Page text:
I told Lipscomb I was almost certain that John Kerry was not at that meeting. Indeed I had gotten it wrong in the text of Home to War-a mistake I now leave in for the sake of its historical significance. From Scott Moore and others I had gotten the false notion that Kerry had had his big fight with co-leader Al Hubbard and had subsequently resigned from the organization at the June 1971 national steering-committee meeting in St. Louis. But Lipscomb was uncannily sure of himself, and insisted to me that he would soon establish Kerry's presence at the "assassination meeting."
A few days later, Lipscomb published his first piece in the New York Sun, citing two witnesses who put Kerry in Kansas City for at least part of that four-day VVAW convention. I knew both of them, Randy Barnes and Terry DuBose, to be very credible people. Suddenly, almost as if in a surrealistic film, what I had taken for reality began to melt before my eyes into something entirely different. Senator John Kerry, whom I knew to be the most law-abiding of men-more law-abiding, in fact, than myself, who cut my own teeth on Henry David Thoreau's "On the Duty of Civil Disobedience"-was now suddenly at least a bystander at the serious discussion of assassinating congressmen and senators.
Lipscomb and his associate, New York Sun writer Josh Gerstein, published a series of follow-up pieces, adding to the number of witnesses and other evidence that placed John Kerry in Kansas City in November 1971, while Kerry himself began issuing a series of denials through his assistant David Wade-to the effect that he had resigned from VVAW at least a few days before that notorious meeting commenced. Meanwhile, other witnesses surfaced to corroborate his story that he had not attended the meeting in question.
Hot on the pursuit of a potentially controversial story, Scott Canon of the Kansas City Star called me to ask if I had any documents that might shed light on this growing mystery. What I had were the minutes to that four-day meeting (November 12-15, 1971) taken by VVAW stalwart Mike Oliver. I had xeroxed the minutes years earlier while working with the archive of VVAW documents at the Wisconsin State Historical Society in Madison. The minutes clearly showed John Kerry resigning from VVAW on the third day of the meeting, November 14, 1971. Though Oliver was now living as a semi-recluse in the Oregon woods, I had known him when he worked for the veterans' self-help group Swords to Ploughshares in San Francisco, and I knew that he was utterly reliable as a reporter. There was now little question in my mind that John Kerry was at the November meeting.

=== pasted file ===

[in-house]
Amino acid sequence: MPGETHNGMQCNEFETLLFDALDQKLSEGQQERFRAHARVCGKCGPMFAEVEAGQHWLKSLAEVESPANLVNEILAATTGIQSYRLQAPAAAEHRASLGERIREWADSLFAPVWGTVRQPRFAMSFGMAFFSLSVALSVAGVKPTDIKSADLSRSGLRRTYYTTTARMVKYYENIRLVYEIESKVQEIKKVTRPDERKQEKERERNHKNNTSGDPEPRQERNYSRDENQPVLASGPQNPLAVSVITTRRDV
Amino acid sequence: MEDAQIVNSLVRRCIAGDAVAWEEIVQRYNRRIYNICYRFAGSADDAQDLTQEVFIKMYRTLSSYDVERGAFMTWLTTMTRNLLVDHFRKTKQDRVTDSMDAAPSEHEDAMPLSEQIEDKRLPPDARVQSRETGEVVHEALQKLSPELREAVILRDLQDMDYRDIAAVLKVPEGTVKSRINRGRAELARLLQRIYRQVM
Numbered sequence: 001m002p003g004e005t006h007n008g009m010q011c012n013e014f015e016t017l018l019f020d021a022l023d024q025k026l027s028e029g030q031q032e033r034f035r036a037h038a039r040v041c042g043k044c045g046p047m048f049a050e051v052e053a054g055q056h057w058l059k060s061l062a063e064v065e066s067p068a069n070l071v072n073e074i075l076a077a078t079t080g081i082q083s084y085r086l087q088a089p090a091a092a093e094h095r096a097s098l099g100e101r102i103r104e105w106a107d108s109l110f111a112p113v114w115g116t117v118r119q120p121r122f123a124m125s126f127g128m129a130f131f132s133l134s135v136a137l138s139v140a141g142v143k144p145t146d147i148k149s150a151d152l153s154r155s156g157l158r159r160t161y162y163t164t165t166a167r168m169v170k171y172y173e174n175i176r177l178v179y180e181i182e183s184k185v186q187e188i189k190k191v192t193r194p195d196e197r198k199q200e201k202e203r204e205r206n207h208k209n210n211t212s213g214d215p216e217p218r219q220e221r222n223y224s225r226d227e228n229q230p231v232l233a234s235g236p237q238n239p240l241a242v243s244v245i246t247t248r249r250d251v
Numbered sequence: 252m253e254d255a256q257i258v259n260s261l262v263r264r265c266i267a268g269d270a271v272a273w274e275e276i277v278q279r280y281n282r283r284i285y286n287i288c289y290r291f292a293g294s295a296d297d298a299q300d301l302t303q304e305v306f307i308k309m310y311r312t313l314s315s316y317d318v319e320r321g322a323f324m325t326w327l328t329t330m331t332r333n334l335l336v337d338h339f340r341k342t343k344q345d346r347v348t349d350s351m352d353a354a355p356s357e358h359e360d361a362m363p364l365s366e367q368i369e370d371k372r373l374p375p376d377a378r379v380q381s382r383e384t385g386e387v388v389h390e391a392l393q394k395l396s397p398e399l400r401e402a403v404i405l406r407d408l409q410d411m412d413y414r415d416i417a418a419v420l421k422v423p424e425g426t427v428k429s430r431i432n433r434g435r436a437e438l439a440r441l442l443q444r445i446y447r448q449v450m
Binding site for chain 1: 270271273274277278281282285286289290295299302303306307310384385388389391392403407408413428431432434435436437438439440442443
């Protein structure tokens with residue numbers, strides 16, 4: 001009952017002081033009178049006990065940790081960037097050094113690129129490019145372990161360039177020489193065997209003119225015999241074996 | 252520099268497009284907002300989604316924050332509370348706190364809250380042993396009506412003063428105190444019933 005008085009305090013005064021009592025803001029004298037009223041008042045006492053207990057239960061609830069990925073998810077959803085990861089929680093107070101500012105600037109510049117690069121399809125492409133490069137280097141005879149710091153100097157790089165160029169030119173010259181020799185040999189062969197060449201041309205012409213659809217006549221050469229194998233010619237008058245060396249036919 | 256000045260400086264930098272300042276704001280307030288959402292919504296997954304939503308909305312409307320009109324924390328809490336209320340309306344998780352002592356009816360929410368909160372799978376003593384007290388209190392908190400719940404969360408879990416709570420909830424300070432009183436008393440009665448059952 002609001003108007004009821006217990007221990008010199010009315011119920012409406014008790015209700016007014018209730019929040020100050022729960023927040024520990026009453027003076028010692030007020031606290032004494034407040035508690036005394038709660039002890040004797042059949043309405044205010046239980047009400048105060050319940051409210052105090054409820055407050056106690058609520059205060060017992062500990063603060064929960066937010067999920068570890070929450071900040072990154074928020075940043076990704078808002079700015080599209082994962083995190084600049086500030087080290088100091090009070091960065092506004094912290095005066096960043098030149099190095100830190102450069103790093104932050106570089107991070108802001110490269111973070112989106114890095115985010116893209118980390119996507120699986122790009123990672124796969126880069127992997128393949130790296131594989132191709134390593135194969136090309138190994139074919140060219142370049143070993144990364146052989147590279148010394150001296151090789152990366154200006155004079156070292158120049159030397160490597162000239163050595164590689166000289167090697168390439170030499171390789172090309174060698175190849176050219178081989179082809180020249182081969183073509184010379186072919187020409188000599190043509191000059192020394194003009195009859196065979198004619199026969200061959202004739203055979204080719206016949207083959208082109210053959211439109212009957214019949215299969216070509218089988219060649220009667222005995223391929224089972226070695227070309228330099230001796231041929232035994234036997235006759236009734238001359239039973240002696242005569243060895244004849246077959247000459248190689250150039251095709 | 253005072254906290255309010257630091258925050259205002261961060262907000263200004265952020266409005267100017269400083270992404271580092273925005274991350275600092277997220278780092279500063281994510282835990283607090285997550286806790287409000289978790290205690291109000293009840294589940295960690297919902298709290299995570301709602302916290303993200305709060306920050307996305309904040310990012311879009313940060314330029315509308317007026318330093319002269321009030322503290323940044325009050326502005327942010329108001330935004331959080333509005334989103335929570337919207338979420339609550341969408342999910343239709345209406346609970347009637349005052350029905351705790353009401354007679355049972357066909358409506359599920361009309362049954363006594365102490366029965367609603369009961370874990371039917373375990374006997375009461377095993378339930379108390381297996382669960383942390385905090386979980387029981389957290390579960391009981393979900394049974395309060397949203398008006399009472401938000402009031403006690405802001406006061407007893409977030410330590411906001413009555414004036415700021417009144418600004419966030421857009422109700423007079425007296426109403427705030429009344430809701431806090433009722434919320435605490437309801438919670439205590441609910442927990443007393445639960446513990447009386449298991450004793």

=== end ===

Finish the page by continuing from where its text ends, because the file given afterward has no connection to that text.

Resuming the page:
I faxed the minutes of that meeting to Canon; but because of conflicting accounts, and especially in light of the Senator's own denials, he was far from certain that Kerry had actually been at the November meeting, and he let that ambiguity remain in the story he published on March 20, 2004.
Other writers were pushing for a definite answer-not least of all Lipscomb himself, who left a threatening message on my phone machine, warning that he would attempt to discredit me in the national media if I did not cooperate with him further. I complained about this unprofessional behavior to Gerstein, bureau chief of the New York Sun's San Francisco office, who passed my complaint along to Lipscomb's editor. I received a far more civil request from John Glionna, the San Francisco bureau chief of the Los Angeles Times. Glionna had somehow found out that I had the FBI files on VVAW, and he asked if he could come to my Marin County home to review them. I agreed, and he said he would come by the next morning, March 17. That night, the 16th, I carried the 14 boxes out of the garage and into my dining room, looking through the individual folders just enough to label the years chronicled in each box-for example, "'70-'71," which were the years I knew John Kerry to have been most active in VVAW. That night I also started leafing through one of the 1971 folders and discovered the first reference to John Kerry at the November 12-15, 1971, Kansas City meeting.
The next morning, Glionna pulled out about 50 pages relating to Kerry's presence at the meeting. He asked to copy them, and I reproduced them myself on the Xerox machine in my office.
One of the first things I did while Glionna was preparing his bombshell story on the existence of thousands of pages of FBI surveillance documents on Kerry, was to email Simon Sargent at the Kerry Campaign headquarters and let him know that documents now existed that irrefutably placed the Senator at this controversial VVAW meeting. Sargent arranged for a messenger to come to my house from Kerry's San Francisco campaign headquarters and pick up copies of the same 50 documents that Glionna had taken. And that night, Thursday, March 18, 2004, Senator Kerry issued a retraction of sorts, again through David Wade, citing his own faulty memory and stating that "If there are valid FBI surveillance reports from credible sources that place some of those disagreements [with Al Hubbard and other VVAW leaders] in Kansas City, we accept that historical footnote in the account of his work to end the difficult and divisive war."